interactive live stream, which means they wanted to have a global audience anywhere in the world, directly available in the browser. And have that reliable working for interaction with the audience and the panels. To be able to communicate with chat feedback from the audience to ask questions for this event. Several channels were set up for that. And we were getting the stream from the production setup venue, picking that up to our CDN, do the whole delivery worldwide. And also running the player on the
browser which was running with adaptive bit rate to accommodate on all different quality levels. You have a running livestream for interactive purposes on every device. And that needed to stay very stable and 100% reliable for these shows. Were you the whole streaming component or just a piece of it? We were the core of the streaming components, but there were also several channels sent out to social media platforms like YouTube and Facebook, but the primary stream was run through our system. Give us a sense of why low-latency was important. Were videos coming back from the audience or was the chat function where it needed to be interactive? Or why was slow-latency important in that application? With interactive streaming, we understand that there is a kind of feedback from the audience back to the presenters. Which in almost all cases is not video based but text based. It can be a voting, a chat, a question Q&A, any kind of action which is triggered by someone in the audience. And then on the other hand, gets some interaction back. That,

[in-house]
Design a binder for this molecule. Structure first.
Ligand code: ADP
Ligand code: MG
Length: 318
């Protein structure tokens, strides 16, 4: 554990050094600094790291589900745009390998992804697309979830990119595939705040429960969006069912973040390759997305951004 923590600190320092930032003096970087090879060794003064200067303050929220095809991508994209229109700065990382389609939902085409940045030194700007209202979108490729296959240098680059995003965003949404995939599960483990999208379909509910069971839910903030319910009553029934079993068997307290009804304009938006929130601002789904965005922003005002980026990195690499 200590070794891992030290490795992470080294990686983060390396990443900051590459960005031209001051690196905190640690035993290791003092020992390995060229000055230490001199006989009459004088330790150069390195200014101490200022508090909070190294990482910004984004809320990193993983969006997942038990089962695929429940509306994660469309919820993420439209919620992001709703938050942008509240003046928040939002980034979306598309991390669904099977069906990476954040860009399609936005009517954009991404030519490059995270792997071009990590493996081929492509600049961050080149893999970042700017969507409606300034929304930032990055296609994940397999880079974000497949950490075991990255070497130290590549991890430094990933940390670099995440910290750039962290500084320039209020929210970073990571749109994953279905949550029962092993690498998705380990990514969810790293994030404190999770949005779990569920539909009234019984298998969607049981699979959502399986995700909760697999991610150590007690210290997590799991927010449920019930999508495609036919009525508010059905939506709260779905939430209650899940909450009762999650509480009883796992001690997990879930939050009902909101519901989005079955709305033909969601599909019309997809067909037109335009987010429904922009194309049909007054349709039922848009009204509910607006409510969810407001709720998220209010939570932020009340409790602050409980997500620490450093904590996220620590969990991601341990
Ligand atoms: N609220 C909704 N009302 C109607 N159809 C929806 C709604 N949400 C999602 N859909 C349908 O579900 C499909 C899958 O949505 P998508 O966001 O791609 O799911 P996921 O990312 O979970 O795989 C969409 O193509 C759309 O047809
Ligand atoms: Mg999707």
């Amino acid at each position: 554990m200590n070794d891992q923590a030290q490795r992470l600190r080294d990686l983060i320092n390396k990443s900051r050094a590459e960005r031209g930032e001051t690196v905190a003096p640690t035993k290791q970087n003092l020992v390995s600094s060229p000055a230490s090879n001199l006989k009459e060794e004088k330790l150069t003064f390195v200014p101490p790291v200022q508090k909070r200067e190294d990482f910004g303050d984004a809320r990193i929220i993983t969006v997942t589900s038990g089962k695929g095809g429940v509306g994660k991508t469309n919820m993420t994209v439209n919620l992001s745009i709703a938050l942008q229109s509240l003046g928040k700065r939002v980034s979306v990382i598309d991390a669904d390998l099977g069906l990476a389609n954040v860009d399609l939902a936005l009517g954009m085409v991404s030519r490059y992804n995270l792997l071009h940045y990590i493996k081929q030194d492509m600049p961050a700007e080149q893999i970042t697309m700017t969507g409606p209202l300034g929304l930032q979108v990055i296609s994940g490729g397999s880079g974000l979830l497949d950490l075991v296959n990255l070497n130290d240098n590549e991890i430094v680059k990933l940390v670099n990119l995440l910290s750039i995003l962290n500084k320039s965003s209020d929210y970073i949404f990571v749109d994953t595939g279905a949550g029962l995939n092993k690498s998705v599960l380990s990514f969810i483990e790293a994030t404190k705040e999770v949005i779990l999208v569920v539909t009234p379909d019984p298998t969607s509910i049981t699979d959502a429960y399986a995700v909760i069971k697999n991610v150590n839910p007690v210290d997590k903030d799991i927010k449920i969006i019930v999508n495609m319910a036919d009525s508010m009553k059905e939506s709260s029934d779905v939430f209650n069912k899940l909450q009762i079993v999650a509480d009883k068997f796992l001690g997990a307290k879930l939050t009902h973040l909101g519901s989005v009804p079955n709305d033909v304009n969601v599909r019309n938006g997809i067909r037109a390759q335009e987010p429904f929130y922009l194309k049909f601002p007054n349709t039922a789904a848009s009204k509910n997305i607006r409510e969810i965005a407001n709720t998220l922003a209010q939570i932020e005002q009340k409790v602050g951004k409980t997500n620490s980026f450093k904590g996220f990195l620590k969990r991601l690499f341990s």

in these cases, can be like chat Q&A questions. And this enables the interaction only if you have real time streaming, low-latency streaming to have the delay very low between the both parties. Looking outside of that particular application, are there any applications that you serve where interactive video is a major component of that? We see two major scenarios for that. One is
similar to on what you just mentioned, enterprise space, large event space where we also have corporate customers who are doing town hall meetings with Q&A. Which all needs to be accessible directly in the browser so you don't need to set up any kind of the Zoom client or so and can directly watch the stream on every device. Majority of our clients are using mobile phones so it needs directly be accessible on every handset you are using. And then you have the interaction elements on separate to the video or on top of the video to ask questions, give any kind of feedback. It can be for this corporate space. But on the other end,